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My Amazing Brain

by Helen Bryant

Suitable for Key Stage 4/5


To consider how the brain works without us even having to think about it.

Preparation and materials

  • None required.


1. I want you to consider all the things that you have already done before you came into school this morning. You got up, got dressed, had breakfast, came to school and probably had several conversations, discussions and thoughts during the whole process.

I wonder if you considered the fact that, through all of this, your brain was unconsciously doing thousands of different things – not forgetting to help you breathe, making sure your heart was beating and continued to send blood round your body. Also, even if you've not ridden your bicycle for ages, when you need to it will still remember what you have to do. Also, at a moment’s notice (or longer in some cases), it can recall vast amounts of information if just a spark of an idea enters your head.

2. When a message comes into the brain from anywhere in the body, the brain tells the body how to react. For example, if you accidentally touch a hot cooker, the nerves in your skin shoot a message of pain to your brain. The brain then sends a message back, telling the muscles in your hand to pull away. Luckily, this neurological relay race takes a lot less time than it just took to say it.

3. Considering everything it does, the human brain is very compact, weighing just 1.3 kilograms (3 pounds) and fitting neatly inside our skulls. Its many folds and grooves provide it with additional surface area, which is necessary to store all of the body's important information.

4. The human brain was not always like this. In a process of evolution and development we have come to have larger brains than any other species on the planet. Indeed, Aristotle wrote in 335 BC, ‘Of all the animals, man has the brain largest in proportion to his size.’ Interestingly, the next animal to have the largest brain in proportion to its size is a dolphin and we are very much aware of how intelligent a species the dolphin is. That is not the whole story, however.

5 What has happened is that we have evolved by various means and over millions of years of improvements to have this highly developed brain. This is called ‘encephalization’. That is a good long, six-syllable word for this time in the day!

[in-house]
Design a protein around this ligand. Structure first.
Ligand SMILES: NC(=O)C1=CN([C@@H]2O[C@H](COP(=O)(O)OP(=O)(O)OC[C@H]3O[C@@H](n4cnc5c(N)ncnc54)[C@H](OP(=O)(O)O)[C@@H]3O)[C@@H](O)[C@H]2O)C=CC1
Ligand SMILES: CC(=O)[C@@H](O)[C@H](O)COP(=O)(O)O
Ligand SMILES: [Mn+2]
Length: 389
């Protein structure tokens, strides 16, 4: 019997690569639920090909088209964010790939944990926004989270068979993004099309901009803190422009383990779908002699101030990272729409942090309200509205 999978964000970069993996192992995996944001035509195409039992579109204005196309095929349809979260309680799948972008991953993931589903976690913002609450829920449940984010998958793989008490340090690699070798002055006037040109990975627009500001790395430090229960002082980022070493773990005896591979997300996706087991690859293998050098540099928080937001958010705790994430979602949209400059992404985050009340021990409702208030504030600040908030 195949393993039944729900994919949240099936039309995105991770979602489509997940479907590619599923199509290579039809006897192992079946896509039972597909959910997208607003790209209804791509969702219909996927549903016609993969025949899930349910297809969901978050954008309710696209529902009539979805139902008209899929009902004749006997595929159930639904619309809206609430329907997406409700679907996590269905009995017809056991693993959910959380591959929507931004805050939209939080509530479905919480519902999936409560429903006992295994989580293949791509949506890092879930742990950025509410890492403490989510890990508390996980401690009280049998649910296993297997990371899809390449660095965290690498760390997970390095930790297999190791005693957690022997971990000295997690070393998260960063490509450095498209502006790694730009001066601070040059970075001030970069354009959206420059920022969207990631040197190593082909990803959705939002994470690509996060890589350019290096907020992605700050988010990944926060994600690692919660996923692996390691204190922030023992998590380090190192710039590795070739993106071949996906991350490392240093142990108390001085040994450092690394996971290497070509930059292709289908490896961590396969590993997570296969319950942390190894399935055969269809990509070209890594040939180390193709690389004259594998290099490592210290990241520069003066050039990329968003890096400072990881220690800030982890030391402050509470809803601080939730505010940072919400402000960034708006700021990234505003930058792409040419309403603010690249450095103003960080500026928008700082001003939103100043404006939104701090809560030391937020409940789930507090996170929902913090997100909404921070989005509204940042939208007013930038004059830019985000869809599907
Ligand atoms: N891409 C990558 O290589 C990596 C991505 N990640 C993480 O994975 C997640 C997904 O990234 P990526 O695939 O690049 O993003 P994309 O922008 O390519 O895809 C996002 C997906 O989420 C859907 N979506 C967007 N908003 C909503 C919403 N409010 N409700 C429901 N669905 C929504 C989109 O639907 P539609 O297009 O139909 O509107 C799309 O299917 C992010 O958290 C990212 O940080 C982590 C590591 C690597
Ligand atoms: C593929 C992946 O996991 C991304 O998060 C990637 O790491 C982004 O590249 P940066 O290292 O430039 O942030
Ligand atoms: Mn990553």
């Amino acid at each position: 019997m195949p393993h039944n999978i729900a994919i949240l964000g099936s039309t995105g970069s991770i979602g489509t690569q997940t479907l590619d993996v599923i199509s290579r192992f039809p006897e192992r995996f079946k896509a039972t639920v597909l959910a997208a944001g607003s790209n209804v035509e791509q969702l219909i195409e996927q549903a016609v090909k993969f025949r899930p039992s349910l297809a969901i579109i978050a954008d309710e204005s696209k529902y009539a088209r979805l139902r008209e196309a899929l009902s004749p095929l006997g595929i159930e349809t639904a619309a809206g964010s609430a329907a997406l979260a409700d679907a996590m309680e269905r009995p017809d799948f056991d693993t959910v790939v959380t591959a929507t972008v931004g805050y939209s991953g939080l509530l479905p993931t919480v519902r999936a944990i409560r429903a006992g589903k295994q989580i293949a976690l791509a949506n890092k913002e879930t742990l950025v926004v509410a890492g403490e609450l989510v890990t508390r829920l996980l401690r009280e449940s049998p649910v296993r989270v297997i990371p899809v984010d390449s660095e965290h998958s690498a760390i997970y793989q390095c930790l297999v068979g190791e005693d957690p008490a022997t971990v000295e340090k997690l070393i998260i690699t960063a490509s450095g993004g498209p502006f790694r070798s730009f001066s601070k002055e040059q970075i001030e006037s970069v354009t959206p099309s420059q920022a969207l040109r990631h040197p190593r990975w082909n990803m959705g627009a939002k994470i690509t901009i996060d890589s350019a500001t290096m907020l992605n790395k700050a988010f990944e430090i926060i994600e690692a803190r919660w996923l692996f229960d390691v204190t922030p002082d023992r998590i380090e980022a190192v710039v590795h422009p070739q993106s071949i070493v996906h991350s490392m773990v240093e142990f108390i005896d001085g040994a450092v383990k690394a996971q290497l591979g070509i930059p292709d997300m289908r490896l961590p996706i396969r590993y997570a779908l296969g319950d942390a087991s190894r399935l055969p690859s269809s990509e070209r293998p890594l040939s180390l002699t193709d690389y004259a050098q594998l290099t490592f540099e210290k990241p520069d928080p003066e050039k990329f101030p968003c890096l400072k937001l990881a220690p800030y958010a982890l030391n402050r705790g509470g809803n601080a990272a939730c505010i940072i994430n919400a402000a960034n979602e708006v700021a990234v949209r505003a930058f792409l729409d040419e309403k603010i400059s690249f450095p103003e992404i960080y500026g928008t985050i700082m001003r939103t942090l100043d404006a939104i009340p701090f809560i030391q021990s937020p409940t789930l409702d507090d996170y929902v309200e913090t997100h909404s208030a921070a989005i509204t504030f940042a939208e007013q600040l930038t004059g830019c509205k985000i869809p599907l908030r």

6. It has also been found that possibly humans learned to speak because we made tools. It was noticed that the same parts of the brain light up when we are making a tool as do when we speak. Can it really be possible that by creating tools we also learned how to talk?

7. Interestingly, the brain of a chimpanzee is mostly formed while it is in utero – in the womb –whereas our human brains develop more after we have been born. This might be why we are born so helpless and needy as, if we were not born until we were able to stand or walk, for example, we simply would not fit through the birth canal and our species would die out.

8. With all this incredible stuff going on inside our heads, no wonder we need the skull to protect our brains. As with anything complicated, there is a greater risk of serious problems if something goes wrong with it than there is with something simple. Head injuries, brain tumours, stroke and substance abuse can all damage the delicate brain tissue and it is also prone to long-term degenerative diseases, such as Parkinson's and Alzheimer's. Despite all these possible difficulties, however, our brains still manage to do an amazing job and keep working in even the most difficult circumstances.

Time for reflection

Next time you feel a little down about your abilities or if you can't quite manage something, make sure you remind yourself that, actually, you have a pretty amazing brain. It keeps you alive, stops you from burning your hand and it's the reason you have skills and memories.

Keep adding to its store of skills and memories, keep rewarding it and it should, all being well, keep you going all the days of your life.

Publication date: June 2015   (Vol.17 No.6)    Published by SPCK, London, UK.
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